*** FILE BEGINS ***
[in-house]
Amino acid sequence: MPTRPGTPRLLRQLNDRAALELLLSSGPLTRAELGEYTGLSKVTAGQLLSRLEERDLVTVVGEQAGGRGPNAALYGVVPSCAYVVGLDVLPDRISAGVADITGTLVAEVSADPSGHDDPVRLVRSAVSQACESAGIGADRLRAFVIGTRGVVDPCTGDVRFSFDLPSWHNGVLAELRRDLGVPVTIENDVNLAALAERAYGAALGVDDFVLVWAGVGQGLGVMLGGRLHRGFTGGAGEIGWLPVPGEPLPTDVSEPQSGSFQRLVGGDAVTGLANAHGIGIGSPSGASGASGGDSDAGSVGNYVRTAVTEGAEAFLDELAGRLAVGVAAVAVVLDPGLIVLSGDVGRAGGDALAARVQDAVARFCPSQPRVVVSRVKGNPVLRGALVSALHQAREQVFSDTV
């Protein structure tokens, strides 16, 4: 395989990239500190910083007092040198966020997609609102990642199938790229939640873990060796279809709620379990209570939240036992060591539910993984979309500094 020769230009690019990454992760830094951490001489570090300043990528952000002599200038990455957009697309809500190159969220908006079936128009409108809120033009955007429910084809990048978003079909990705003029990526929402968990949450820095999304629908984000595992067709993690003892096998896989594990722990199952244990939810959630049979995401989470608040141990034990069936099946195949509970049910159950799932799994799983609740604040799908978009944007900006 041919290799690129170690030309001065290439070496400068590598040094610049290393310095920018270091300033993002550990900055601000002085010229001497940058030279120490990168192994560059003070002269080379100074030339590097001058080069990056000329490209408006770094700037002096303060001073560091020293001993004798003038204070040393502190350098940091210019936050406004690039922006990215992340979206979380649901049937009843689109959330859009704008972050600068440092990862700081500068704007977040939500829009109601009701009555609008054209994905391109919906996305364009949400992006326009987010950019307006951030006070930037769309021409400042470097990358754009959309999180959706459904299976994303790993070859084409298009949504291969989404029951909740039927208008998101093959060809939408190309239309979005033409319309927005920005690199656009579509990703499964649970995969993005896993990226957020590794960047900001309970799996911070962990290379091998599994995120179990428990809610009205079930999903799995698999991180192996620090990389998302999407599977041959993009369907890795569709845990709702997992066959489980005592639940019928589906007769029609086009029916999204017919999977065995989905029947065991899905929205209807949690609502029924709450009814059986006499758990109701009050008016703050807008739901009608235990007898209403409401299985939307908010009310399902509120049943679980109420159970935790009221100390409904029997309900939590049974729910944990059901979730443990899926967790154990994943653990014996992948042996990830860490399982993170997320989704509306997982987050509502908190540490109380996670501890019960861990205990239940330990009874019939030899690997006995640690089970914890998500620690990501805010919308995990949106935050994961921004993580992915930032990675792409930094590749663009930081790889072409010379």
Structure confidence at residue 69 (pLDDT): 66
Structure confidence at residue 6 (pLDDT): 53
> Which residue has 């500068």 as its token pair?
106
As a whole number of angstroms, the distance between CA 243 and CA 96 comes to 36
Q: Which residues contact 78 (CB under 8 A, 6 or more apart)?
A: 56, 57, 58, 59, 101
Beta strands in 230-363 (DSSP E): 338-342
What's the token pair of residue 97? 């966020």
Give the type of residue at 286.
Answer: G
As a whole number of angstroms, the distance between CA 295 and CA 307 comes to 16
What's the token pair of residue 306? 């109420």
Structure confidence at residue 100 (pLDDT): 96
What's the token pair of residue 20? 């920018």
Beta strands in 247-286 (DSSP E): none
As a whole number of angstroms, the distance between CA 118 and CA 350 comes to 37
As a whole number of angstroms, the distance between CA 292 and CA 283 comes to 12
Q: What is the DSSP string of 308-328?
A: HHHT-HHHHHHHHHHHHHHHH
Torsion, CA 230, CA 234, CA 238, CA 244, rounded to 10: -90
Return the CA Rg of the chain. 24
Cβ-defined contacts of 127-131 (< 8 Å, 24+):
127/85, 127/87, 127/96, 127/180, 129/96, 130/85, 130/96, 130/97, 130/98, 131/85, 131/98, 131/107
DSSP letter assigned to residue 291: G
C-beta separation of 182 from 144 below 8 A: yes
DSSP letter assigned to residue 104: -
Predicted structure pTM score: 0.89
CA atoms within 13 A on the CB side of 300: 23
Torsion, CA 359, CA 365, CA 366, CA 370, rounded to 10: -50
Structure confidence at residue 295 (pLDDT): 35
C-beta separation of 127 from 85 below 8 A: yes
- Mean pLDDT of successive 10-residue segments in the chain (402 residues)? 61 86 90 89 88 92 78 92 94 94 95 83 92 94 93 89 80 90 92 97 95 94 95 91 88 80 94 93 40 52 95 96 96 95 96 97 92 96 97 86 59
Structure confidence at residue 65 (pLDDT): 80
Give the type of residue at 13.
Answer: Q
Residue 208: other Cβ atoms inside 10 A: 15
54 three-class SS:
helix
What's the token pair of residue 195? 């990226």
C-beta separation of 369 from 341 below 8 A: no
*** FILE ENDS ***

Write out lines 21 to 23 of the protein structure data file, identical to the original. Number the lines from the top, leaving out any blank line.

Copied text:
As a whole number of angstroms, the distance between CA 292 and CA 283 comes to 12
Q: What is the DSSP string of 308-328?
A: HHHT-HHHHHHHHHHHHHHHH